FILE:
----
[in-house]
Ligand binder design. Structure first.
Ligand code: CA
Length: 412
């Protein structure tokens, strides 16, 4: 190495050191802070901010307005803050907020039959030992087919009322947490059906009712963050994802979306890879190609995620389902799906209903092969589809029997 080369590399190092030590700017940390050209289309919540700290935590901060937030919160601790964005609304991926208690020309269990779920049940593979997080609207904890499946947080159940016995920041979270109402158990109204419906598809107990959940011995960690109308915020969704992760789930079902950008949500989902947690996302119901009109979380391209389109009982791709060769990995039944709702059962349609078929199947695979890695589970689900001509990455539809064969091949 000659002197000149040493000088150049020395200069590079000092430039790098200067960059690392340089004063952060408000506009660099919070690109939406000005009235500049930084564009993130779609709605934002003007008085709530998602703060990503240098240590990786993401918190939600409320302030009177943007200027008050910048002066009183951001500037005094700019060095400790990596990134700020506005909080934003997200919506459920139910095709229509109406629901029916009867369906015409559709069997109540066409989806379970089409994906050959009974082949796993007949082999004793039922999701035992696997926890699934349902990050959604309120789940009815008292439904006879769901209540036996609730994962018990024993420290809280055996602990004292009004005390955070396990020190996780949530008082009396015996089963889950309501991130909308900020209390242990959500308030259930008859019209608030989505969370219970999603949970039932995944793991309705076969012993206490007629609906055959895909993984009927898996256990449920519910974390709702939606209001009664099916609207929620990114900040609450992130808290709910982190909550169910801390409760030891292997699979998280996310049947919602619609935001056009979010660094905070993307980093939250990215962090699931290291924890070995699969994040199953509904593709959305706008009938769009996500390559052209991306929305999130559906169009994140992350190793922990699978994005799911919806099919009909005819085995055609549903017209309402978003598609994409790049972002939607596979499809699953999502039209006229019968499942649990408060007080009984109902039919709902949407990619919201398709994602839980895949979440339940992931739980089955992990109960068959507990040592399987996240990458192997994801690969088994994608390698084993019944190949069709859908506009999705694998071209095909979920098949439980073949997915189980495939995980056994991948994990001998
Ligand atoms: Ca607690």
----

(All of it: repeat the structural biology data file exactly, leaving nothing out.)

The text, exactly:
[in-house]
Ligand binder design. Structure first.
Ligand code: CA
Length: 412
């Protein structure tokens, strides 16, 4: 190495050191802070901010307005803050907020039959030992087919009322947490059906009712963050994802979306890879190609995620389902799906209903092969589809029997 080369590399190092030590700017940390050209289309919540700290935590901060937030919160601790964005609304991926208690020309269990779920049940593979997080609207904890499946947080159940016995920041979270109402158990109204419906598809107990959940011995960690109308915020969704992760789930079902950008949500989902947690996302119901009109979380391209389109009982791709060769990995039944709702059962349609078929199947695979890695589970689900001509990455539809064969091949 000659002197000149040493000088150049020395200069590079000092430039790098200067960059690392340089004063952060408000506009660099919070690109939406000005009235500049930084564009993130779609709605934002003007008085709530998602703060990503240098240590990786993401918190939600409320302030009177943007200027008050910048002066009183951001500037005094700019060095400790990596990134700020506005909080934003997200919506459920139910095709229509109406629901029916009867369906015409559709069997109540066409989806379970089409994906050959009974082949796993007949082999004793039922999701035992696997926890699934349902990050959604309120789940009815008292439904006879769901209540036996609730994962018990024993420290809280055996602990004292009004005390955070396990020190996780949530008082009396015996089963889950309501991130909308900020209390242990959500308030259930008859019209608030989505969370219970999603949970039932995944793991309705076969012993206490007629609906055959895909993984009927898996256990449920519910974390709702939606209001009664099916609207929620990114900040609450992130808290709910982190909550169910801390409760030891292997699979998280996310049947919602619609935001056009979010660094905070993307980093939250990215962090699931290291924890070995699969994040199953509904593709959305706008009938769009996500390559052209991306929305999130559906169009994140992350190793922990699978994005799911919806099919009909005819085995055609549903017209309402978003598609994409790049972002939607596979499809699953999502039209006229019968499942649990408060007080009984109902039919709902949407990619919201398709994602839980895949979440339940992931739980089955992990109960068959507990040592399987996240990458192997994801690969088994994608390698084993019944190949069709859908506009999705694998071209095909979920098949439980073949997915189980495939995980056994991948994990001998
Ligand atoms: Ca607690």